HONORED: Newfound-land Premier Brian Peckford, 38, chosen as one of the five annual Vanier Award winners as an outstanding young Canadian of 1980. The citation
praises his “personal improvement, political achievements and concern for his province and country.”
DIED: John Oliver Blick, 65, following a short illness in Winnipeg. A former schoolteacher and wartime pilot, Blick dominated the western broadcasting industry and revolutionized radio by introducing remote broadcasts and news every hour. He founded CJOB in 1946 after persuading Winnipeg financiers that his radio ideas were sound.
ELECTED: Chun Doo-hwan, 50, as president of South Korea. A former army intelligence chief, Chun has been
serving as president since Choi Kyir hah resigned in a general uprising last May. Calling for a “democratic welfare state,” Chun’s followers have since banned all political parties and purged most of their opposition, including Kim Dae-jung, whose death sentence was recently commuted.
HIRED: Mary Cunningham, 29, by Joseph E. Seagram and Sons Inc., the U.S. subsidiary of the Montrealbased Seagram Company. Cunningham, the Bendix Corp. vice-pres-
ident who was forced to resign in October when her meteoric career was linked to a romantic liaison with company Chairman William Agee, will serve as the vice-president in charge of strategic planning and project development.
RELEASED: British missionary hostages John and Audrey Coleman, both
57, and Jean Waddell, 58, held in Tehran since last August for espionage. Iran has admitted the evidence against them was trumped up by a mentally unbalanced Iranian Anglican. A fourth Briton, 57-year-old businessman Andrew Pyke, remains in captivity.
DIED: Howard Hanson, 84, American composer and conductor, of a stroke at his home in Rochester, N.Y. Best known for his Elegy in Memory of Serge Koussevitzky, the former director of the Eastman School of Music won the Pulitzer Prize in 1944 for Symphony No. 4-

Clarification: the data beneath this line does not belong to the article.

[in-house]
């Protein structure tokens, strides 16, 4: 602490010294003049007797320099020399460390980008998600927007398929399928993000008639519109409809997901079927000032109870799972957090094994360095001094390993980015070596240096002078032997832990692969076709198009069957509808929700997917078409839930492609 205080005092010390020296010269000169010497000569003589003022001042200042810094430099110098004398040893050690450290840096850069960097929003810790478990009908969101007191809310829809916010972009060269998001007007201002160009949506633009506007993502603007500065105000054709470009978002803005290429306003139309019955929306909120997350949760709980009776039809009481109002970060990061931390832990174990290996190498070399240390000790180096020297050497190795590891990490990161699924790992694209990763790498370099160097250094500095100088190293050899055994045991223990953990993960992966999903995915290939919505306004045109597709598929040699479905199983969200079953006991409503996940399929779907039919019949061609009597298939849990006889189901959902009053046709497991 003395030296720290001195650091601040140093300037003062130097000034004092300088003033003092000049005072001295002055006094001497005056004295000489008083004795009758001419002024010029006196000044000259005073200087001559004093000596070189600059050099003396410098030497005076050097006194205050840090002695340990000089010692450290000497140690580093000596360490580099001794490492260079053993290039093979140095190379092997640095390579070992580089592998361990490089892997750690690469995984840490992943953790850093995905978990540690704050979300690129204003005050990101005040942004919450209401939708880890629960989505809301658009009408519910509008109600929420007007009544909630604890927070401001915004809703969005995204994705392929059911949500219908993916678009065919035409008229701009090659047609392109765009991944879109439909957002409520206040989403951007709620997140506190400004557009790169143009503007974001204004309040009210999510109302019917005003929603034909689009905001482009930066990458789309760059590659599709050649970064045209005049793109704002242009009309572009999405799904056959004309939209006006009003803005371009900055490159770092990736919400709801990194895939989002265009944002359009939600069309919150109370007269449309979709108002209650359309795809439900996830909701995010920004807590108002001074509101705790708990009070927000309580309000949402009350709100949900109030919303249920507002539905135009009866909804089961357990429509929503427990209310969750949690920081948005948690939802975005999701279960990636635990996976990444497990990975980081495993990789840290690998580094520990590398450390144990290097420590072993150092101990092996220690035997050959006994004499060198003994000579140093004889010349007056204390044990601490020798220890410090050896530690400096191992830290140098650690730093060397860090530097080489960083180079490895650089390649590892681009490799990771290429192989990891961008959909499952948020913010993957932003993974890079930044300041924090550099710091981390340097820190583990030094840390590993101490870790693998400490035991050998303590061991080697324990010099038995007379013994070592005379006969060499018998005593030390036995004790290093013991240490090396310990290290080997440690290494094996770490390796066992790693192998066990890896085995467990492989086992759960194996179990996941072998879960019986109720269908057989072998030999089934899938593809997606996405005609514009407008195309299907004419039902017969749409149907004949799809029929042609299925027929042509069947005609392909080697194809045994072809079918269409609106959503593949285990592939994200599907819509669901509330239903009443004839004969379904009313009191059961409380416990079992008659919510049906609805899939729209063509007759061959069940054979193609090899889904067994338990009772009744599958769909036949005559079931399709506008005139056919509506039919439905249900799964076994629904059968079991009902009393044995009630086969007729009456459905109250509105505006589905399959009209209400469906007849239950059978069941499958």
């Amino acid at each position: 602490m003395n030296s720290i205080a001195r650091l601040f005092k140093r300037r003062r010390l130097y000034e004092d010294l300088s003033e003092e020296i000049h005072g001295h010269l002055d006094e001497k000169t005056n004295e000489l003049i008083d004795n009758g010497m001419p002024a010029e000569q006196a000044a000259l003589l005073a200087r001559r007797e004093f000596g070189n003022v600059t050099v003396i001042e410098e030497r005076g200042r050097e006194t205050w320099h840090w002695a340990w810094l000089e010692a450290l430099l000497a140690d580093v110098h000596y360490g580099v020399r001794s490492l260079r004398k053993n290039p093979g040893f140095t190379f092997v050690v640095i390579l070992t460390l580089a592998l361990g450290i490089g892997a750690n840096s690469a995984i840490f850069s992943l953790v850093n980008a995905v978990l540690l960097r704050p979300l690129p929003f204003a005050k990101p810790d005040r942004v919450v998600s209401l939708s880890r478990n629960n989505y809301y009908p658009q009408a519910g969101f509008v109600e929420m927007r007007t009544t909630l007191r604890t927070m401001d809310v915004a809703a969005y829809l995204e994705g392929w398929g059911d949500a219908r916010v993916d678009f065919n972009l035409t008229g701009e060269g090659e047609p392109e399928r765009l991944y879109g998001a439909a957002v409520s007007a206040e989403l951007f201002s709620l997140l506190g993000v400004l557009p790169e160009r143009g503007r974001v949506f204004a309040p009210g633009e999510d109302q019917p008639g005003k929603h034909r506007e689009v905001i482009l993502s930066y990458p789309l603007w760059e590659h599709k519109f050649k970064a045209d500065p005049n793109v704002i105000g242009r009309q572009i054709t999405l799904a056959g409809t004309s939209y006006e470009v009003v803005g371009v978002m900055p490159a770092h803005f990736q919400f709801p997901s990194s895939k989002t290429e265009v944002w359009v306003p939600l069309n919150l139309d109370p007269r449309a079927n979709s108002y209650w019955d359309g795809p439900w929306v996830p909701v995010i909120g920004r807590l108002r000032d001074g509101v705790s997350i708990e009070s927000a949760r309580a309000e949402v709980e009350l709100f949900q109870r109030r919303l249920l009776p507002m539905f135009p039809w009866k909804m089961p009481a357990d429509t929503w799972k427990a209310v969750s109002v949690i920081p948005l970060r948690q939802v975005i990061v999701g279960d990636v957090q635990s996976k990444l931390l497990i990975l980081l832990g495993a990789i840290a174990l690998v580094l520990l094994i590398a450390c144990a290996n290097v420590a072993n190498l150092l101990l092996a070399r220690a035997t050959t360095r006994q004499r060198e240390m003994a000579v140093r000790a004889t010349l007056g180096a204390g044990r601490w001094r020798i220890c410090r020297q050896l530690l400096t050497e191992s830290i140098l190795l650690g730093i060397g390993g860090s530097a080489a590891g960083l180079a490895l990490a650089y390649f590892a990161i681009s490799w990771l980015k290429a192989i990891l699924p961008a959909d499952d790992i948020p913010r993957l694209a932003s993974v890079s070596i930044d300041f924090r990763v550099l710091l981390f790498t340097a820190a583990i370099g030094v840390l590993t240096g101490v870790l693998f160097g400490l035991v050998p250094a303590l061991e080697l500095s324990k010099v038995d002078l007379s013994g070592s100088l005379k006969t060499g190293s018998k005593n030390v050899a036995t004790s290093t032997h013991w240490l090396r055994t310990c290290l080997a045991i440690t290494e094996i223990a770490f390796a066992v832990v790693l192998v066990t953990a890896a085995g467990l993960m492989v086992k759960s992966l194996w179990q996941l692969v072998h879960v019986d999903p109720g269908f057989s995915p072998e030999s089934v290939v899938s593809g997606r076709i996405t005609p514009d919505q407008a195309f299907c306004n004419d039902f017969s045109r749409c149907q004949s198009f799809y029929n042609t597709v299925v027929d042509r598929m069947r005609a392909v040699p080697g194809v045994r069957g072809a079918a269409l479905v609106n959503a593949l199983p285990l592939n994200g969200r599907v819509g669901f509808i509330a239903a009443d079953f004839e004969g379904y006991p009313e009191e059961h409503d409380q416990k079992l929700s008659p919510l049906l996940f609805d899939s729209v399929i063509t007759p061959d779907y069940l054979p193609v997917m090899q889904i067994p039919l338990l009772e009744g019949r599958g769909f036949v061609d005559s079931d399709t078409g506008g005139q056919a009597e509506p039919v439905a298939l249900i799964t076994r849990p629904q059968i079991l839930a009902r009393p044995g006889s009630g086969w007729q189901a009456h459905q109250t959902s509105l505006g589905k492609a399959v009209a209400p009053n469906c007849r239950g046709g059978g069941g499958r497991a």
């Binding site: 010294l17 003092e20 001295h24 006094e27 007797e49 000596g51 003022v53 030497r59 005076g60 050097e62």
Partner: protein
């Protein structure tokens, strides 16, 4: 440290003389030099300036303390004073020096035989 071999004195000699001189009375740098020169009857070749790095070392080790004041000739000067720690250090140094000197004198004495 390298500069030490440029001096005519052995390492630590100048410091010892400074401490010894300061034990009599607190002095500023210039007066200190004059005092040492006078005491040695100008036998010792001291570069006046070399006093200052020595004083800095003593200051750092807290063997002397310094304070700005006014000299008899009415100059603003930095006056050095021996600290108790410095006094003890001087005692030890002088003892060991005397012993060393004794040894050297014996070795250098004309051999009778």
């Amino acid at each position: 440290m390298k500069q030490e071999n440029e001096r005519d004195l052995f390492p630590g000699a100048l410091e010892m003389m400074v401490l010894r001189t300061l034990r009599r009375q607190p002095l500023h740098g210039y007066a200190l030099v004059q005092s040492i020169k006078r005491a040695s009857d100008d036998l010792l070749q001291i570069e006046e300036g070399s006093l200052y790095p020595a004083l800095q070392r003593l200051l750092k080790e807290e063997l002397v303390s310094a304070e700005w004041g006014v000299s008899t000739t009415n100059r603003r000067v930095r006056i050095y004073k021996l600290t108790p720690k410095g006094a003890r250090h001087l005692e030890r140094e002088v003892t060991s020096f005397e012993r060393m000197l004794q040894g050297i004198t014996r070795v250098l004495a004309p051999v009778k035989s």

DIED: Historian Bertie Wilkinson, 83, in Toronto. One of the top three medievalists in the world, Wilkinson made his reputation on scholarly publications from The Chancery
Under Edward III in 1929 through The Creation of Medieval Parliaments in 1972.
All creatures great and small
We must commend you and Roy MacGregor on your article Shadows of An Ancient Calling (Outdoors, Feb. 16). Your readers will have learnt something of the enormity of the slaughter of these sentient creatures, and something, too, of the attitudes of the persons, both customer and supplier, guilty of supporting it. Most important, they will be reminded that those who carry on and maintain this vicious trade are ignoring all moral considerations for the sake of sport, profit or mere ostentatious dress. —MICHAEL BELEC,
President, Animal Defence League of Canada, Ottawa
Quality not quantity
In his editorial How CBC-2 Can Save Our Kids From Becoming Mork and Mindy (Feb. 2), Peter C. Newman argues that Canadians need access to a second CBC channel to overcome the influence of American programming. As one of the many thousands of Canadians who are not yet served by the CBC’s existing network, I feel that “a relatively nominal sum of $30 million” would be better spent by extending CBC coverage to include local stations in all provinces and in all cities with a population of 40,000 or more. Victoria needs its first CBC station far more than Ontario’s asphalt triangle needs CBC-2.